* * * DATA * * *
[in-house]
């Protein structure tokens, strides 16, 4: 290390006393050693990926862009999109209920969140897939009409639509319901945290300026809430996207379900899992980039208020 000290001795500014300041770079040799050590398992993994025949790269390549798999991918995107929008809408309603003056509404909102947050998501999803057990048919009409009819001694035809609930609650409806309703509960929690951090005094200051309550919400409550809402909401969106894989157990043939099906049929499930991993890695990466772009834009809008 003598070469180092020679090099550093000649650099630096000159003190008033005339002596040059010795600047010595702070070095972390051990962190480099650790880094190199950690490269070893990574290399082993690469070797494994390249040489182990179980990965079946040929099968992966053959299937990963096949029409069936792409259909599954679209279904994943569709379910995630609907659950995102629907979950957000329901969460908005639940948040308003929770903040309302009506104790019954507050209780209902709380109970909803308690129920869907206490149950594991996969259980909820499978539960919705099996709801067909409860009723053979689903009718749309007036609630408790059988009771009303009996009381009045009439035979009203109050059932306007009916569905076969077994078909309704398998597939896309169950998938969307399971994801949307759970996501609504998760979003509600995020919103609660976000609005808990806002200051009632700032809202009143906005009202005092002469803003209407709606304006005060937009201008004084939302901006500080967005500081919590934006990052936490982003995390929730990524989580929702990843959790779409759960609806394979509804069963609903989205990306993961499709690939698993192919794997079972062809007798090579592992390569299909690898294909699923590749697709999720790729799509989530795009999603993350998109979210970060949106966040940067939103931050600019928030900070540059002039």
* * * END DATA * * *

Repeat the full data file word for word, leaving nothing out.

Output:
[in-house]
């Protein structure tokens, strides 16, 4: 290390006393050693990926862009999109209920969140897939009409639509319901945290300026809430996207379900899992980039208020 000290001795500014300041770079040799050590398992993994025949790269390549798999991918995107929008809408309603003056509404909102947050998501999803057990048919009409009819001694035809609930609650409806309703509960929690951090005094200051309550919400409550809402909401969106894989157990043939099906049929499930991993890695990466772009834009809008 003598070469180092020679090099550093000649650099630096000159003190008033005339002596040059010795600047010595702070070095972390051990962190480099650790880094190199950690490269070893990574290399082993690469070797494994390249040489182990179980990965079946040929099968992966053959299937990963096949029409069936792409259909599954679209279904994943569709379910995630609907659950995102629907979950957000329901969460908005639940948040308003929770903040309302009506104790019954507050209780209902709380109970909803308690129920869907206490149950594991996969259980909820499978539960919705099996709801067909409860009723053979689903009718749309007036609630408790059988009771009303009996009381009045009439035979009203109050059932306007009916569905076969077994078909309704398998597939896309169950998938969307399971994801949307759970996501609504998760979003509600995020919103609660976000609005808990806002200051009632700032809202009143906005009202005092002469803003209407709606304006005060937009201008004084939302901006500080967005500081919590934006990052936490982003995390929730990524989580929702990843959790779409759960609806394979509804069963609903989205990306993961499709690939698993192919794997079972062809007798090579592992390569299909690898294909699923590749697709999720790729799509989530795009999603993350998109979210970060949106966040940067939103931050600019928030900070540059002039």